Let’s stop pretending that new homes are immune from electrical fires and that they will never become old homes, says Don Bliss, vice-president of Field Operations for NFPA. Studies by the U.S. Consumer Product Safety Commission and other organizations have found that the frequency of electrical fires is higher in homes that are more than 40 years old than they are in newer homes for a number of reasons, including inadequate electrical systems, misuse of extension cords, and poorly done electrical repairs.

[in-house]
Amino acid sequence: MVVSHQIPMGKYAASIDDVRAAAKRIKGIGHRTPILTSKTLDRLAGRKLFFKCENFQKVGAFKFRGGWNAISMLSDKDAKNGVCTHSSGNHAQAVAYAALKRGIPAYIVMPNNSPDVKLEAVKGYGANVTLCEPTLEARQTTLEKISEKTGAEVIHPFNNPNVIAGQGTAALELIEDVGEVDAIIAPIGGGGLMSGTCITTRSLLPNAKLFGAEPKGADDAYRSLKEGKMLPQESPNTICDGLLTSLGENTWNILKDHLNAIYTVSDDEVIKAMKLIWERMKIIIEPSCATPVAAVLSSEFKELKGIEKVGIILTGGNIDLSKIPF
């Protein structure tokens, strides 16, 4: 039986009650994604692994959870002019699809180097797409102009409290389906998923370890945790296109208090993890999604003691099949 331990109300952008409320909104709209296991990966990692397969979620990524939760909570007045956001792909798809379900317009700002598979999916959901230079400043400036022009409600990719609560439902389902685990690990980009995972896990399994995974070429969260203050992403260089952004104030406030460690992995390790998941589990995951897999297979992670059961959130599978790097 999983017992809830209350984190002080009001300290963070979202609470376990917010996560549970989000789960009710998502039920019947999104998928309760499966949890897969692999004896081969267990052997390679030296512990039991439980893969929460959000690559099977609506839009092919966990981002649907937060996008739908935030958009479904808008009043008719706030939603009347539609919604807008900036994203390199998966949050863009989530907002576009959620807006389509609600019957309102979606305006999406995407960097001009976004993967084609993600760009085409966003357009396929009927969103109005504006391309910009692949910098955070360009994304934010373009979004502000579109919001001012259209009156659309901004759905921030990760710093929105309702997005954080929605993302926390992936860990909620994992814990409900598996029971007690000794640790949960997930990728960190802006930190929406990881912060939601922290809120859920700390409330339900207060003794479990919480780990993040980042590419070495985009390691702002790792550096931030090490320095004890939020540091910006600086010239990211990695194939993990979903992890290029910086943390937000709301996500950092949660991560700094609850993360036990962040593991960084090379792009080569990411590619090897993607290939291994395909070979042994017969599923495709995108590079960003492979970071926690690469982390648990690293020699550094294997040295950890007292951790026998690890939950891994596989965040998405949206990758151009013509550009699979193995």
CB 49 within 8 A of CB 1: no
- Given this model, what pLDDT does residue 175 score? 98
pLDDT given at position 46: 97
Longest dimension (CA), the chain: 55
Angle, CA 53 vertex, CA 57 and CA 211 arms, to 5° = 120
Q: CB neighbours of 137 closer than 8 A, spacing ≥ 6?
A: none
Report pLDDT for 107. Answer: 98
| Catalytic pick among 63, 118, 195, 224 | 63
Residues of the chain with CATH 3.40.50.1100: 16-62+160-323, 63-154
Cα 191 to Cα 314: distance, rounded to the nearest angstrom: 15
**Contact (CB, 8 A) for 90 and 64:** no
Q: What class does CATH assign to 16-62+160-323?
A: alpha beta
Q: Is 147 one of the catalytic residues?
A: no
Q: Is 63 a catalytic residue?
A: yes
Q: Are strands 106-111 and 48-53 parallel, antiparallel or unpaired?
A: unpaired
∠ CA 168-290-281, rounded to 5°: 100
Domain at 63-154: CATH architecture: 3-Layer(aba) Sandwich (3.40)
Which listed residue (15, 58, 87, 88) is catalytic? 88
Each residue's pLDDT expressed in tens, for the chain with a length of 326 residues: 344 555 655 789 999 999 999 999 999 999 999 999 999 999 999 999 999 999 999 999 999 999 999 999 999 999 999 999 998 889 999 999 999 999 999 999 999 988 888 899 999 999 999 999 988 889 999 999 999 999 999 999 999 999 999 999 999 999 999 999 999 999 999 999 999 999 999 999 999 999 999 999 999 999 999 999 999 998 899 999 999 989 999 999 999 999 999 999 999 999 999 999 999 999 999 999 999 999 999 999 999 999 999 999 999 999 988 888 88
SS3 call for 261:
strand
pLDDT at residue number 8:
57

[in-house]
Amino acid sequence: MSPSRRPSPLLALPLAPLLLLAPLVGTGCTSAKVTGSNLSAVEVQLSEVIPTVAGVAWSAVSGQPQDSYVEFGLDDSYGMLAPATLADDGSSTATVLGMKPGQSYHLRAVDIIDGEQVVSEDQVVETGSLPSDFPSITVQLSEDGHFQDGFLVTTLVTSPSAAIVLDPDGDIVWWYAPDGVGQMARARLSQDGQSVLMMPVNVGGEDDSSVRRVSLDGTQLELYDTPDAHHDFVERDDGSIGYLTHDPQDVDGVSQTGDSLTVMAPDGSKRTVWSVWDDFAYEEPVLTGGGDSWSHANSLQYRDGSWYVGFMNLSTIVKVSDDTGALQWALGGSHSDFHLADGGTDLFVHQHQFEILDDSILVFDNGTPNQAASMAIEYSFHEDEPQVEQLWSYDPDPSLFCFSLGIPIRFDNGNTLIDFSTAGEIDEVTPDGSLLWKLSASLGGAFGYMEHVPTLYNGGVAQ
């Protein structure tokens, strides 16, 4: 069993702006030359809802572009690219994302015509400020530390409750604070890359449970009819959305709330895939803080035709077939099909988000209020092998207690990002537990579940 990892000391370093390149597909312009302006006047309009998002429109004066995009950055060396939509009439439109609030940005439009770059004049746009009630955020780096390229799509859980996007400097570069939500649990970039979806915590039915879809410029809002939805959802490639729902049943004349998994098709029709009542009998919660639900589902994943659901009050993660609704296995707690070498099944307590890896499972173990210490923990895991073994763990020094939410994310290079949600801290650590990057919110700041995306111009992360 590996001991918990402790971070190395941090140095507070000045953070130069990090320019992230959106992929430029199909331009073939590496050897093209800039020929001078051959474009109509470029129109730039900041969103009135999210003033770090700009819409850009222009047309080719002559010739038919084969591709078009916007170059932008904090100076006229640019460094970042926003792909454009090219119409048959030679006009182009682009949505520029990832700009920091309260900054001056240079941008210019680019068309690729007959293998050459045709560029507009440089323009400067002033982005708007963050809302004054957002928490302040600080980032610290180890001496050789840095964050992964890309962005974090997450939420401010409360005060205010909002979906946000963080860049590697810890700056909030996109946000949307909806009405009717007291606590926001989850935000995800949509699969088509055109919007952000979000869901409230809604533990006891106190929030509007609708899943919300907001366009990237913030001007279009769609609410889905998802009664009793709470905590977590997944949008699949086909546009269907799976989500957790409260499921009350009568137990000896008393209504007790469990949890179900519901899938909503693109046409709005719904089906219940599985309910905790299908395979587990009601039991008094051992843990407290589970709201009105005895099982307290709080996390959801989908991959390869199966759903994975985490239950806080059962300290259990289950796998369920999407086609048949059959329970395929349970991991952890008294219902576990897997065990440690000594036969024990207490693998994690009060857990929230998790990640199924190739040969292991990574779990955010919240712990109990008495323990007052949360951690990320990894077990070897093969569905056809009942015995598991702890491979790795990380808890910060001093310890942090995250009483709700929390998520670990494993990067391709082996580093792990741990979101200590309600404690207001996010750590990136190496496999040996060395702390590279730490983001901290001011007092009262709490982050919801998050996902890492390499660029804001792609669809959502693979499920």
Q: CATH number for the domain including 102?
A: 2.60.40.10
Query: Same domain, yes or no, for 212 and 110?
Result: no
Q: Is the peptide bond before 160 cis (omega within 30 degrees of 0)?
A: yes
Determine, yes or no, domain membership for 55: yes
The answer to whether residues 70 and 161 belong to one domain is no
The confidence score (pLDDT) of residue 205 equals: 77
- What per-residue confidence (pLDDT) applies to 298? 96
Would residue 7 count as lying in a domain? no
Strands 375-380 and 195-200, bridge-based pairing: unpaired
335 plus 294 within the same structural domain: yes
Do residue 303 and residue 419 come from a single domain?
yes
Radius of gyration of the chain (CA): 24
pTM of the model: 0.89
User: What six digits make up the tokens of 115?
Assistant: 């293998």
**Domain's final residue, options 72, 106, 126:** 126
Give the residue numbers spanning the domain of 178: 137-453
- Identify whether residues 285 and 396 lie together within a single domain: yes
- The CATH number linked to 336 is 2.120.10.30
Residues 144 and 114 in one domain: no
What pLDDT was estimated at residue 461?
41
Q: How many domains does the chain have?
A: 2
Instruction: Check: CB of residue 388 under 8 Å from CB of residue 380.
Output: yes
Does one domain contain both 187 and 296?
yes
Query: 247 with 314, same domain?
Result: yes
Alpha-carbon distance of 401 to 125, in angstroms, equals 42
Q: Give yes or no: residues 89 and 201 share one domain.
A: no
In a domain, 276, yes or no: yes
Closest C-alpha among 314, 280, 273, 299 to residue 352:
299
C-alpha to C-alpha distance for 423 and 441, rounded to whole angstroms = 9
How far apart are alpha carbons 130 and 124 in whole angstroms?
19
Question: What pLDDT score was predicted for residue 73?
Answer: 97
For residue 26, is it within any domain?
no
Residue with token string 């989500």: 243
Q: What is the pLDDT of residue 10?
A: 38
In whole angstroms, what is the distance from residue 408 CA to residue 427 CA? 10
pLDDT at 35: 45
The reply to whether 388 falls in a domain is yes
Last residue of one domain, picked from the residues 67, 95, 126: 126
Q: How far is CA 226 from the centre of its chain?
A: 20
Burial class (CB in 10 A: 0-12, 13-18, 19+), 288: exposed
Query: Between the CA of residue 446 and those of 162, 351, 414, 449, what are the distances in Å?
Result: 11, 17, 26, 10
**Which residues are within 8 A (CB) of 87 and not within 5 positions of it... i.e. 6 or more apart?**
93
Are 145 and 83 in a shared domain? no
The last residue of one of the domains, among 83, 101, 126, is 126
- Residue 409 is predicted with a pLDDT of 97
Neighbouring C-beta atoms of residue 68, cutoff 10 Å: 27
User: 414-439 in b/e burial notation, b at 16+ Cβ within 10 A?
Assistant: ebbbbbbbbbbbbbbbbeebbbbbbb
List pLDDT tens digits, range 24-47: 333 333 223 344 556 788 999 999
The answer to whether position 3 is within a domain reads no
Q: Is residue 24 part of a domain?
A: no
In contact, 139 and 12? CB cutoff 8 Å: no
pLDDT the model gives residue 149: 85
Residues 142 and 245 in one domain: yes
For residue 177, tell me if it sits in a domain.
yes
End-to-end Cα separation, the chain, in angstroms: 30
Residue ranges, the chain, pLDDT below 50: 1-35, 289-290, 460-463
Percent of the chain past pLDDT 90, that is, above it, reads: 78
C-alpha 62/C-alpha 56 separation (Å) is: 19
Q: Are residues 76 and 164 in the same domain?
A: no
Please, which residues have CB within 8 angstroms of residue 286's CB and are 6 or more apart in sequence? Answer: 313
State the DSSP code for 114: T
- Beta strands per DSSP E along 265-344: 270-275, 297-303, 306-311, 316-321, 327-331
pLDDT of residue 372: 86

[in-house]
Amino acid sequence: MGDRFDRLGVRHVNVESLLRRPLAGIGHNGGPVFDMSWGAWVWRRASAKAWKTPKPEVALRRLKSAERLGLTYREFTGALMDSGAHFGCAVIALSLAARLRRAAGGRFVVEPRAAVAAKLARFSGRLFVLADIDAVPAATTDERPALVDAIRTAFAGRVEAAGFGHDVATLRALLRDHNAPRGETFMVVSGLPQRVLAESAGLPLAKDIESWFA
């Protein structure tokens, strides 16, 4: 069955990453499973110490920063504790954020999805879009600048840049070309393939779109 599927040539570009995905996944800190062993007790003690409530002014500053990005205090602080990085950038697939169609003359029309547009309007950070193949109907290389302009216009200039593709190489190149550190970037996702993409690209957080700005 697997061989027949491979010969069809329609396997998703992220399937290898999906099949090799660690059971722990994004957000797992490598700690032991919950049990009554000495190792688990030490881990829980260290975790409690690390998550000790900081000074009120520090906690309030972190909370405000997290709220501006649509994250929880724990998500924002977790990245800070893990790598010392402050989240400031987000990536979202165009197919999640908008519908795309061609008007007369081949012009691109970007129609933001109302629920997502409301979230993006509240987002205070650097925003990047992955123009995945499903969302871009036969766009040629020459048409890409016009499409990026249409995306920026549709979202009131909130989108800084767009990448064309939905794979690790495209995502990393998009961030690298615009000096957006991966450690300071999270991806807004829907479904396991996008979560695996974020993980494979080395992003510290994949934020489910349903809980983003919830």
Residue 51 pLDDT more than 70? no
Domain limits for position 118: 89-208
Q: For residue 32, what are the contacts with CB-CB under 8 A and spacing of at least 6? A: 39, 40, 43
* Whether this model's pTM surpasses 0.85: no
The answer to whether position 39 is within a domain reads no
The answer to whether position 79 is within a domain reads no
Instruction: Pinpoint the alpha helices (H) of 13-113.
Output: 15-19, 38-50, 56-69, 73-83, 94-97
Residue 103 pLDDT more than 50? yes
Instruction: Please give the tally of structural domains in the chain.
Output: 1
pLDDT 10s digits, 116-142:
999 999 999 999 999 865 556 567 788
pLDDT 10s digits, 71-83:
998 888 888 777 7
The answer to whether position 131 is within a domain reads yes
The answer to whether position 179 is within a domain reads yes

“The homes of today will not be immune to these conditions as they become the older homes of tomorrow,” he says.
But there is a way to keep newer homes safe from electrical fires as they age: install arc-fault circuit interrupters, or AFCIs, as specified in the 2014 edition of NFPA 70®, National Electrical Code®. Opponents of AFCIs claim that they increase the cost of new homes beyond the means of prospective buyers, but the truth is that installing AFCI’s costs about the same as a cup of coffee per month over the life of a 30-year mortgage.
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